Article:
Friday, October 21, 2011

my secret box

When I was young, I had a metal box that locked with a small key. I stored my most valuable treasures in the box and kept it hidden from everyone. I found the box in the neighbor’s trash with the key sticking out of the lock. It was rusty and dented which is probably why it was discarded. Usually I kept it in my closet, but when I thought my brother was looking for it, I hid it in the basement, or garage, or outside somewhere. I always hid the key separate from the box just to be extra sure my valuables were safe.

In my box were rhinestones, gumball machine trinkets, Cracker Jack toys, bits of colored broken glass, pretty rocks, beads, buckeyes, tiny pinecones, acorns, and Indian arrow heads. I had feathers from blue jays, cardinals, gold finch, and pigeons. There were a few dead butterflies, some sea shells, and a pressed four-leaf clover. I kept two little dogs and a fish that I carved from sticks. Also, I’d saved some Canadian coins, a Japanese coin with a hole in the middle, and some pennies that trains ran over and flattened. I hid my matches and some candles in the box too.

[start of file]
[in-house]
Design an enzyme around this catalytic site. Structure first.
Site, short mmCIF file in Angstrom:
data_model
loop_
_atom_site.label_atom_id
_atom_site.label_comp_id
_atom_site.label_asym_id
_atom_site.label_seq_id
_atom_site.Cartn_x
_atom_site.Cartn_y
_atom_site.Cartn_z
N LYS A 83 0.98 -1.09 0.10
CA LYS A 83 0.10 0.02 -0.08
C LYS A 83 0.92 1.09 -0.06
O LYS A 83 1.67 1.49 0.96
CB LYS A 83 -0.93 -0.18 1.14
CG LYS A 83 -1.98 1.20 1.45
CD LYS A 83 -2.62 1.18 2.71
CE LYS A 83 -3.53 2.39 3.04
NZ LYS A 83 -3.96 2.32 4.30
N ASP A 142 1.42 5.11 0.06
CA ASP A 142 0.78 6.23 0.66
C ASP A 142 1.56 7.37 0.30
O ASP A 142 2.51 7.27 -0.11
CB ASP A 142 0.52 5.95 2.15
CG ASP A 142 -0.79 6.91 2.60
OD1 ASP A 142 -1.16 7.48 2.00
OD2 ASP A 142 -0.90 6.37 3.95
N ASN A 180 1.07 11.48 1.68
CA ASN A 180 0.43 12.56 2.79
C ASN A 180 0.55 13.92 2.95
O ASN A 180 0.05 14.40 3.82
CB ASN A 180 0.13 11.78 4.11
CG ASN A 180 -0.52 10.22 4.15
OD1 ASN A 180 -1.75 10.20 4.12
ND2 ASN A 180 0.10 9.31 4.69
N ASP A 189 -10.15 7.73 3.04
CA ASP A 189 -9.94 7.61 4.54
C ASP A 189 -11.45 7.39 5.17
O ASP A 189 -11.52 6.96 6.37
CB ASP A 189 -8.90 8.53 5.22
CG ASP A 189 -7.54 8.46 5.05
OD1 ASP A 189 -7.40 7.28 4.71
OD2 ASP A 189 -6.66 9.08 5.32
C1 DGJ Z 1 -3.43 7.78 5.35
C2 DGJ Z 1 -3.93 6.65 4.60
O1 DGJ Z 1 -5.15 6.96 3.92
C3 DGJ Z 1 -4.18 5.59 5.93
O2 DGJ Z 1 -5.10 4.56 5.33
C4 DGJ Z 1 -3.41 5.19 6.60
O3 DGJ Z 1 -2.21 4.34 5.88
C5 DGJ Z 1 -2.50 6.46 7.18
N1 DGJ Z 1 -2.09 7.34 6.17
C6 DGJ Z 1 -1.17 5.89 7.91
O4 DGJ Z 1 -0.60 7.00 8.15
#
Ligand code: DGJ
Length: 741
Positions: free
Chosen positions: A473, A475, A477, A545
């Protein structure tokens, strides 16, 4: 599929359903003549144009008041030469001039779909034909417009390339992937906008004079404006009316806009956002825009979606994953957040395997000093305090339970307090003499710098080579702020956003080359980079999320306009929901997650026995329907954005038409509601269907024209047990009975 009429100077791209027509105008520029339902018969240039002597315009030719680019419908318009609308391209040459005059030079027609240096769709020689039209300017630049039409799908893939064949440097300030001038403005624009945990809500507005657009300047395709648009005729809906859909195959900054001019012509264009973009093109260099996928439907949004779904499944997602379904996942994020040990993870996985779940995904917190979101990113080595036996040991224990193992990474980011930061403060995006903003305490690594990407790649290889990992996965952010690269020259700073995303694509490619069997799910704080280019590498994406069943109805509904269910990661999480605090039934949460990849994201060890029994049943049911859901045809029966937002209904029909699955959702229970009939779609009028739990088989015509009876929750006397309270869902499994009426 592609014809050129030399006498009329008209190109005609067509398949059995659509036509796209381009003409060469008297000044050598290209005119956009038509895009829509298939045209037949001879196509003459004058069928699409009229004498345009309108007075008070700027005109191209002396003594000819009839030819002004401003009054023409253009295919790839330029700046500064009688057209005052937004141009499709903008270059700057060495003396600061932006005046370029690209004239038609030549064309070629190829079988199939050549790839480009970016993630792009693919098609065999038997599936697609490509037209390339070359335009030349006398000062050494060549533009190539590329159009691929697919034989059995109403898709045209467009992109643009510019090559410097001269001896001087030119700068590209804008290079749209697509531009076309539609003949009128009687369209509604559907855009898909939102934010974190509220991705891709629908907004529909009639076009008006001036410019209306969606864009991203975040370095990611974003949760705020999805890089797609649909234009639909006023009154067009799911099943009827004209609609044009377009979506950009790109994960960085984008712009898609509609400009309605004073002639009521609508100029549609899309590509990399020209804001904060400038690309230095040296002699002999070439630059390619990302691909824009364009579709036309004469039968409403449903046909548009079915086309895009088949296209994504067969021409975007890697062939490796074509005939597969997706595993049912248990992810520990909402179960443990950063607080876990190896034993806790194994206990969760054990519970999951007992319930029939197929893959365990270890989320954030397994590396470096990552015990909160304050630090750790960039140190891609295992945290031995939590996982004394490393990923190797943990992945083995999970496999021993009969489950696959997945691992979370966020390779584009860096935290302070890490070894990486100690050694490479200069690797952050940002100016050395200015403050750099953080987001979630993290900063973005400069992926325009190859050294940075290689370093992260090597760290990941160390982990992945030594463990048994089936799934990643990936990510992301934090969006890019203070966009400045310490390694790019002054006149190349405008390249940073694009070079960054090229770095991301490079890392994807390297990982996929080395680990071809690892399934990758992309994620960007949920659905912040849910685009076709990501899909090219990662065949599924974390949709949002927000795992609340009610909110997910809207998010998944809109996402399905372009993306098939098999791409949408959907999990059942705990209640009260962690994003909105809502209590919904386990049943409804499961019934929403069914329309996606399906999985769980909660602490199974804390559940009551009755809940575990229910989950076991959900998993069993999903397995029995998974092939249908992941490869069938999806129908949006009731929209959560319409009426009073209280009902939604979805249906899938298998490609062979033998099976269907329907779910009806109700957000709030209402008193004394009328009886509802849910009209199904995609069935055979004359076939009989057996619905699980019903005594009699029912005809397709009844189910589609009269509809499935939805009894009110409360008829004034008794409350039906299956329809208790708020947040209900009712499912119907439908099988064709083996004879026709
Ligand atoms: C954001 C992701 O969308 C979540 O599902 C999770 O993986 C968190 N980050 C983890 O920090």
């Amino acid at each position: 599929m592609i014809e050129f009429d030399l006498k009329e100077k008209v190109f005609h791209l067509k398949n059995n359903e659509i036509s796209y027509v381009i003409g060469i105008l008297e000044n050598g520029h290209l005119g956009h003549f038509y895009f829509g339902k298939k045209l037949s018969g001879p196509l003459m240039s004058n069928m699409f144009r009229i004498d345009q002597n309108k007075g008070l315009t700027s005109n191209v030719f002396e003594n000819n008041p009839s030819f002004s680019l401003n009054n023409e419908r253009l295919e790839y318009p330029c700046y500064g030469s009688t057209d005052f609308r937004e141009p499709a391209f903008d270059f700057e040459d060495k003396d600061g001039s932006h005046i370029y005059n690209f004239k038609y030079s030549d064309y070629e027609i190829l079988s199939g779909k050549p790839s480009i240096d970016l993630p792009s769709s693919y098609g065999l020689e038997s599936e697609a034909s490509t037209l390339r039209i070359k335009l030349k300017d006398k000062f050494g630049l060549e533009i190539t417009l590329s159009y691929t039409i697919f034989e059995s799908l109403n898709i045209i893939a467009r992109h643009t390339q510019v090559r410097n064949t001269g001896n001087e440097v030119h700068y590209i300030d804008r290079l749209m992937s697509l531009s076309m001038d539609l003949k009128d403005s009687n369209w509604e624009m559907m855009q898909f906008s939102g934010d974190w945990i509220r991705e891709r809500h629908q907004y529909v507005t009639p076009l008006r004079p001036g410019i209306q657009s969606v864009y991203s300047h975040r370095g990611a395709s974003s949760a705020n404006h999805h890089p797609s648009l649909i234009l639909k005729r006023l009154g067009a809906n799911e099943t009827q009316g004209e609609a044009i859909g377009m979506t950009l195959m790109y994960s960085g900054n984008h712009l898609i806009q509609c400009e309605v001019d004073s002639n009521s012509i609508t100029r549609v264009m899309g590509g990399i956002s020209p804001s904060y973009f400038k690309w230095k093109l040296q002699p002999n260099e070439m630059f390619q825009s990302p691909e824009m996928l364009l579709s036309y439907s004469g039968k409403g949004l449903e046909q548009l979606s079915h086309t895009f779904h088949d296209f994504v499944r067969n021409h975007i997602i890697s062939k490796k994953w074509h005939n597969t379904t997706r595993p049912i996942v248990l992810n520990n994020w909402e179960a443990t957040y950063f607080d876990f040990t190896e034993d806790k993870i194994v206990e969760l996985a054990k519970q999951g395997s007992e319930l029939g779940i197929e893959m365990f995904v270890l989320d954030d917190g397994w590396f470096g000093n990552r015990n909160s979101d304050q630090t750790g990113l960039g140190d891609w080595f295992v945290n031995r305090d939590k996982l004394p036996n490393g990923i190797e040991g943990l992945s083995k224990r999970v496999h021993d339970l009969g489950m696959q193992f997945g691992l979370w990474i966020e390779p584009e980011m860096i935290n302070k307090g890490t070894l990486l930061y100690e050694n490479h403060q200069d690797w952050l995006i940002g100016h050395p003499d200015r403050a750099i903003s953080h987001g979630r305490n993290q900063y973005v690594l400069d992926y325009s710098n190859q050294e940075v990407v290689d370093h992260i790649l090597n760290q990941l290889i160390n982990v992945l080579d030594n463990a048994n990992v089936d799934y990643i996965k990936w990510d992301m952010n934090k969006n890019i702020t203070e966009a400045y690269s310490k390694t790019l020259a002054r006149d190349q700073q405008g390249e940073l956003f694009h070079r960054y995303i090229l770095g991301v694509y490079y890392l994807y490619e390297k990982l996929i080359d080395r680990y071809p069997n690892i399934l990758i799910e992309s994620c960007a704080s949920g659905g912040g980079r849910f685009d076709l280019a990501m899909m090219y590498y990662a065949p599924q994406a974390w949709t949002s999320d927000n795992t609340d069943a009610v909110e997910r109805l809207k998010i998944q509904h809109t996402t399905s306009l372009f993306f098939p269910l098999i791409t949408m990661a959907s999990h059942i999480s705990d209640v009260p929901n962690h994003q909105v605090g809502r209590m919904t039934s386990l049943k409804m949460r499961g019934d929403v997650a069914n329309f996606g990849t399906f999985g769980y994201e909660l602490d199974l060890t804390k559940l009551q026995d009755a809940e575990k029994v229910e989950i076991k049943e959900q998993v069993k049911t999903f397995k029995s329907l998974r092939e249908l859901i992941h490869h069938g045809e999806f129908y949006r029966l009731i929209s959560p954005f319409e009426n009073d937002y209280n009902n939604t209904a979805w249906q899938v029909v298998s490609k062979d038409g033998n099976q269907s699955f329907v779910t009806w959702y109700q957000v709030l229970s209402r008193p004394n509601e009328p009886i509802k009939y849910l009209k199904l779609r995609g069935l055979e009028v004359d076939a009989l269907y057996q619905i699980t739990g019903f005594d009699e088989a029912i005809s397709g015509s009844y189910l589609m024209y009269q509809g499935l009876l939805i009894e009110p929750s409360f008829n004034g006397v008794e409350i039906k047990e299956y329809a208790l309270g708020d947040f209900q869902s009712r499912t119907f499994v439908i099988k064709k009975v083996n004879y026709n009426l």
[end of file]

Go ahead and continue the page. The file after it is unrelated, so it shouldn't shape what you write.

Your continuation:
My most valued treasure in the box was a used tissue. I was about seven years old one of the times my mother visited. I stood beside her and watched in awe as she meticulously transformed herself in front of the bathroom mirror with a bag of cosmetics – face cream, foundation, powder, blush, eye liner, eye shadow, mascara, eyelash curler, brow powder, and lipstick. I thought she looked like a princess or movie star with her make-up on. My mother painted her lipstick on with a small brush and blotted her lips with a tissue forming a perfect pink kiss print. She dropped it into the trash and left the room. When she had gone downstairs and I was sure nobody would see me, I took the tissue and hid it in my box. Sometimes when I missed my mother very much, I pressed the tissue against my cheek and imagined she was giving me a kiss.

Mother's father holding me, and Mother

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